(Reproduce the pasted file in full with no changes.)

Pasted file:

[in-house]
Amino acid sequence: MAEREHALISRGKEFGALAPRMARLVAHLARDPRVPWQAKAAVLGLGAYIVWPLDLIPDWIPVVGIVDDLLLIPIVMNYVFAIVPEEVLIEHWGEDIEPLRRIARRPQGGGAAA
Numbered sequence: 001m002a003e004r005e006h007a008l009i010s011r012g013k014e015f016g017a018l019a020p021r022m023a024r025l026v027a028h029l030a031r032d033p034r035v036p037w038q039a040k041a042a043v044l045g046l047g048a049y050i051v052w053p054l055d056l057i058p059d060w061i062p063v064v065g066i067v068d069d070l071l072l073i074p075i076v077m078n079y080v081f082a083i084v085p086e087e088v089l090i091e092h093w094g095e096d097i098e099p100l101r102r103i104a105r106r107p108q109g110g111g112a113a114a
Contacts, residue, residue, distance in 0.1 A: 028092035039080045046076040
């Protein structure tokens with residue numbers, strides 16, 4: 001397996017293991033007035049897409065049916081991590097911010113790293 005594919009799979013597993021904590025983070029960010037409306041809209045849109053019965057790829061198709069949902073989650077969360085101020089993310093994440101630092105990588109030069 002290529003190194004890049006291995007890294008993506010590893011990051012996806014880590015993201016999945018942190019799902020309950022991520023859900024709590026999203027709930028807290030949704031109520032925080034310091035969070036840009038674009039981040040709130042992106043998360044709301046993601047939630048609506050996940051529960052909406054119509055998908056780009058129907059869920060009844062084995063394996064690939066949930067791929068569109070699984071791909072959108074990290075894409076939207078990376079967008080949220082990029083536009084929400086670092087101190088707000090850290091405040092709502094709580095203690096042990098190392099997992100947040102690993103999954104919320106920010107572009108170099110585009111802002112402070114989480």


[in-house]
Amino acid sequence: MAEREHALISRGKEFGALAPRMARLVAHLARDPRVPWQAKAAVLGLGAYIVWPLDLIPDWIPVVGIVDDLLLIPIVMNYVFAIVPEEVLIEHWGEDIEPLRRIARRPQGGGAAA
Numbered sequence: 001m002a003e004r005e006h007a008l009i010s011r012g013k014e015f016g017a018l019a020p021r022m023a024r025l026v027a028h029l030a031r032d033p034r035v036p037w038q039a040k041a042a043v044l045g046l047g048a049y050i051v052w053p054l055d056l057i058p059d060w061i062p063v064v065g066i067v068d069d070l071l072l073i074p075i076v077m078n079y080v081f082a083i084v085p086e087e088v089l090i091e092h093w094g095e096d097i098e099p100l101r102r103i104a105r106r107p108q109g110g111g112a113a114a
Contacts, residue, residue, distance in 0.1 A: 028092035039080045046076040
């Protein structure tokens with residue numbers, strides 16, 4: 001397996017293991033007035049897409065049916081991590097911010113790293 005594919009799979013597993021904590025983070029960010037409306041809209045849109053019965057790829061198709069949902073989650077969360085101020089993310093994440101630092105990588109030069 002290529003190194004890049006291995007890294008993506010590893011990051012996806014880590015993201016999945018942190019799902020309950022991520023859900024709590026999203027709930028807290030949704031109520032925080034310091035969070036840009038674009039981040040709130042992106043998360044709301046993601047939630048609506050996940051529960052909406054119509055998908056780009058129907059869920060009844062084995063394996064690939066949930067791929068569109070699984071791909072959108074990290075894409076939207078990376079967008080949220082990029083536009084929400086670092087101190088707000090850290091405040092709502094709580095203690096042990098190392099997992100947040102690993103999954104919320106920010107572009108170099110585009111802002112402070114989480």